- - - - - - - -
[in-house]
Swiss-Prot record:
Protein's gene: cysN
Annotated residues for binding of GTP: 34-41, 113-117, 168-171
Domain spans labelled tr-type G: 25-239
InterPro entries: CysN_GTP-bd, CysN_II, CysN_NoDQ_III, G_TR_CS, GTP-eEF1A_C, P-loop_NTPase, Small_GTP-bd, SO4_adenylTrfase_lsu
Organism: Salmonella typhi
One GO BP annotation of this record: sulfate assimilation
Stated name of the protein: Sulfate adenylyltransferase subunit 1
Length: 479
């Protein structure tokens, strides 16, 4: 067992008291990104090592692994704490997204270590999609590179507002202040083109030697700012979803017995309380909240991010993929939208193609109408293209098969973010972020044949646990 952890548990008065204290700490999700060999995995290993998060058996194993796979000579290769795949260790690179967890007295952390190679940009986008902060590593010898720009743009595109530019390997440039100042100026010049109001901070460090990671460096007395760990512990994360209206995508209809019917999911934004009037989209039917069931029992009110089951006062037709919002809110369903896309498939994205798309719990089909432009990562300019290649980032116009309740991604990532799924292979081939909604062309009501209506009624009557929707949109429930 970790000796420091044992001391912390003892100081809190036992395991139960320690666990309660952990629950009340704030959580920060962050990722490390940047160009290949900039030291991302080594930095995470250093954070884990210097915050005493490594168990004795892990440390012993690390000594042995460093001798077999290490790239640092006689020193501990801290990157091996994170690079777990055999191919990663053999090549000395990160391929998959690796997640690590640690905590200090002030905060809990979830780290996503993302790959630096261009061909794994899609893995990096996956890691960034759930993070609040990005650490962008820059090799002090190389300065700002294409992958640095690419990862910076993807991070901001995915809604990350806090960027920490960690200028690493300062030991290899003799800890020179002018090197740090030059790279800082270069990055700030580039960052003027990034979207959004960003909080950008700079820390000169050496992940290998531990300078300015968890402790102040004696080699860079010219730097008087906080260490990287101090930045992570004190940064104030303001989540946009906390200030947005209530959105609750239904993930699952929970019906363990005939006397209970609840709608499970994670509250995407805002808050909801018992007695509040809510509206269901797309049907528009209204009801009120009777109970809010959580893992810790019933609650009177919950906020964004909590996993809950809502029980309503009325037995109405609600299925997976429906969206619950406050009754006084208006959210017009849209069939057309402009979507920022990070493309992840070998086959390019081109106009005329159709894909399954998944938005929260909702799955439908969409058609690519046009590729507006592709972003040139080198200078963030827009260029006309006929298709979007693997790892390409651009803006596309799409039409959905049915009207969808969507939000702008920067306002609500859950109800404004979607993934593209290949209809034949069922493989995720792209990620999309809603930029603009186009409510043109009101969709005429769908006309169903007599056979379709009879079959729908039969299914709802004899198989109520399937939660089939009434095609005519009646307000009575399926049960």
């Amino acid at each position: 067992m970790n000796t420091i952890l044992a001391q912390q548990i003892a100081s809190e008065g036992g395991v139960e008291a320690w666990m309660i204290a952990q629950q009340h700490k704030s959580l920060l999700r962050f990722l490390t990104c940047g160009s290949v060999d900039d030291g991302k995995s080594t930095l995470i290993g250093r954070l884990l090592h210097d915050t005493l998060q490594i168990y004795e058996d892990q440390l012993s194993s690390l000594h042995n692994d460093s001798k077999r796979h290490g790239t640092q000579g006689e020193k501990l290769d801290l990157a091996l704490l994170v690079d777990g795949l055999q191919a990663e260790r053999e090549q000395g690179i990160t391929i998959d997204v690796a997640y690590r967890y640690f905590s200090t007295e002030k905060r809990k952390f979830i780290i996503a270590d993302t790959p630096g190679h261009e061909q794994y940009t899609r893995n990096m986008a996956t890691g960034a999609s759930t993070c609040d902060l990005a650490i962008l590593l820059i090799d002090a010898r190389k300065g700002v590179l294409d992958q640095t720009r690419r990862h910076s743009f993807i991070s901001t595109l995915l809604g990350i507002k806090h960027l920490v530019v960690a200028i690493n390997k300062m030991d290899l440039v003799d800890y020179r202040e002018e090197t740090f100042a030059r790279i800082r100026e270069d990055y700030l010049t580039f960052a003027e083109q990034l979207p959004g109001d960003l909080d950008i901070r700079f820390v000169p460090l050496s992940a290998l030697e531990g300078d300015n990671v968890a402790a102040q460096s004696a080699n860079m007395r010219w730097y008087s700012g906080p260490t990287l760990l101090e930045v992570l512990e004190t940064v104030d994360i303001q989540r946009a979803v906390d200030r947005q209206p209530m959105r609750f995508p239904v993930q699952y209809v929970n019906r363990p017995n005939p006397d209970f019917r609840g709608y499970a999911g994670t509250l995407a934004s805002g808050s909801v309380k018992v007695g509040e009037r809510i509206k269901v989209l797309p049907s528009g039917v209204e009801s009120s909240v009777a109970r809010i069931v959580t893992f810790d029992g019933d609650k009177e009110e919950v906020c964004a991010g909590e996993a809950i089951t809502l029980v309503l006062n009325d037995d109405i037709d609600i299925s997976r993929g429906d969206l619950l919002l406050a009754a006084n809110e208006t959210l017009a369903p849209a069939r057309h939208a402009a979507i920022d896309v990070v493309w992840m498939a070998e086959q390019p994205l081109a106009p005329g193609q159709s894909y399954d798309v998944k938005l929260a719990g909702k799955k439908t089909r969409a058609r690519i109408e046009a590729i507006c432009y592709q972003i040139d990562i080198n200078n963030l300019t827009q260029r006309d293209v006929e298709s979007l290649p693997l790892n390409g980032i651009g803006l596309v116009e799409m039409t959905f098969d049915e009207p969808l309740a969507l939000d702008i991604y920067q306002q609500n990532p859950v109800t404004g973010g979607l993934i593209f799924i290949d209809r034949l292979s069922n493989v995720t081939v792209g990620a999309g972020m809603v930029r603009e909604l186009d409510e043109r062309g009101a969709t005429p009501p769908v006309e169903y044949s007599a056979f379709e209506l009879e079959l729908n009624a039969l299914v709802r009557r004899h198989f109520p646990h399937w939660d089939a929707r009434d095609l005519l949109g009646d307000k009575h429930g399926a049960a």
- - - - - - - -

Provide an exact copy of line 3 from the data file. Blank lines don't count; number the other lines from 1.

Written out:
Protein's gene: cysN